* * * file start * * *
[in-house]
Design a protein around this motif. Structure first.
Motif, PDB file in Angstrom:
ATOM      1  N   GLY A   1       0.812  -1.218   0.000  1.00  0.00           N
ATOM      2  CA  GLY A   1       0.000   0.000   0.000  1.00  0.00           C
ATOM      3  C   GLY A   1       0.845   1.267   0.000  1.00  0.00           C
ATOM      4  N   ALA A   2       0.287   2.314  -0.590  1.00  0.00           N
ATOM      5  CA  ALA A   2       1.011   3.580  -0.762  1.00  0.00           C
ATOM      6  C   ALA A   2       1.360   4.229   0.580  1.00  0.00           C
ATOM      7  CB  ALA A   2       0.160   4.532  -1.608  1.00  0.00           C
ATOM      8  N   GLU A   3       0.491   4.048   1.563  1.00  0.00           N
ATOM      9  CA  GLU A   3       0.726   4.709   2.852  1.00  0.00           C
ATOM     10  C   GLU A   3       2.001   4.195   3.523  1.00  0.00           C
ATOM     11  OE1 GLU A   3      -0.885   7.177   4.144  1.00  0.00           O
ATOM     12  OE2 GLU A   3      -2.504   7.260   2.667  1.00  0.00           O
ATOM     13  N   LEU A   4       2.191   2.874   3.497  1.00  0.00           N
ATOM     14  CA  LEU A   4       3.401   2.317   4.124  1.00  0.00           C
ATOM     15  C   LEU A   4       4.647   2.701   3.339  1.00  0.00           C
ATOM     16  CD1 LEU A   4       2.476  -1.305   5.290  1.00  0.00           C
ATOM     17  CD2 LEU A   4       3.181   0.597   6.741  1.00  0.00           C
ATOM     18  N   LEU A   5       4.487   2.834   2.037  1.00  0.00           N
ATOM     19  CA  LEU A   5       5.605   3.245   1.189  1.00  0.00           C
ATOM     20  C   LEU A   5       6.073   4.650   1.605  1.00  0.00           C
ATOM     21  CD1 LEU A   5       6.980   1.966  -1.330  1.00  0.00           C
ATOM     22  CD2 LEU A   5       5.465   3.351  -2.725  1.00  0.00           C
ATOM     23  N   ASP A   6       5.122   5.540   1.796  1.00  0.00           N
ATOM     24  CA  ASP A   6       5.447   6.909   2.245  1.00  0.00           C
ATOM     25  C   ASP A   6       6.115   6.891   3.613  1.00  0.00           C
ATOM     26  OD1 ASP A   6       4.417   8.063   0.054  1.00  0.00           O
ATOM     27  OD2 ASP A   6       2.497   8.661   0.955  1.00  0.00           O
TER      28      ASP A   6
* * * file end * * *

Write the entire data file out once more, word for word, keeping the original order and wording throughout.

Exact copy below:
[in-house]
Design a protein around this motif. Structure first.
Motif, PDB file in Angstrom:
ATOM      1  N   GLY A   1       0.812  -1.218   0.000  1.00  0.00           N
ATOM      2  CA  GLY A   1       0.000   0.000   0.000  1.00  0.00           C
ATOM      3  C   GLY A   1       0.845   1.267   0.000  1.00  0.00           C
ATOM      4  N   ALA A   2       0.287   2.314  -0.590  1.00  0.00           N
ATOM      5  CA  ALA A   2       1.011   3.580  -0.762  1.00  0.00           C
ATOM      6  C   ALA A   2       1.360   4.229   0.580  1.00  0.00           C
ATOM      7  CB  ALA A   2       0.160   4.532  -1.608  1.00  0.00           C
ATOM      8  N   GLU A   3       0.491   4.048   1.563  1.00  0.00           N
ATOM      9  CA  GLU A   3       0.726   4.709   2.852  1.00  0.00           C
ATOM     10  C   GLU A   3       2.001   4.195   3.523  1.00  0.00           C
ATOM     11  OE1 GLU A   3      -0.885   7.177   4.144  1.00  0.00           O
ATOM     12  OE2 GLU A   3      -2.504   7.260   2.667  1.00  0.00           O
ATOM     13  N   LEU A   4       2.191   2.874   3.497  1.00  0.00           N
ATOM     14  CA  LEU A   4       3.401   2.317   4.124  1.00  0.00           C
ATOM     15  C   LEU A   4       4.647   2.701   3.339  1.00  0.00           C
ATOM     16  CD1 LEU A   4       2.476  -1.305   5.290  1.00  0.00           C
ATOM     17  CD2 LEU A   4       3.181   0.597   6.741  1.00  0.00           C
ATOM     18  N   LEU A   5       4.487   2.834   2.037  1.00  0.00           N
ATOM     19  CA  LEU A   5       5.605   3.245   1.189  1.00  0.00           C
ATOM     20  C   LEU A   5       6.073   4.650   1.605  1.00  0.00           C
ATOM     21  CD1 LEU A   5       6.980   1.966  -1.330  1.00  0.00           C
ATOM     22  CD2 LEU A   5       5.465   3.351  -2.725  1.00  0.00           C
ATOM     23  N   ASP A   6       5.122   5.540   1.796  1.00  0.00           N
ATOM     24  CA  ASP A   6       5.447   6.909   2.245  1.00  0.00           C
ATOM     25  C   ASP A   6       6.115   6.891   3.613  1.00  0.00           C
ATOM     26  OD1 ASP A   6       4.417   8.063   0.054  1.00  0.00           O
ATOM     27  OD2 ASP A   6       2.497   8.661   0.955  1.00  0.00           O
TER      28      ASP A   6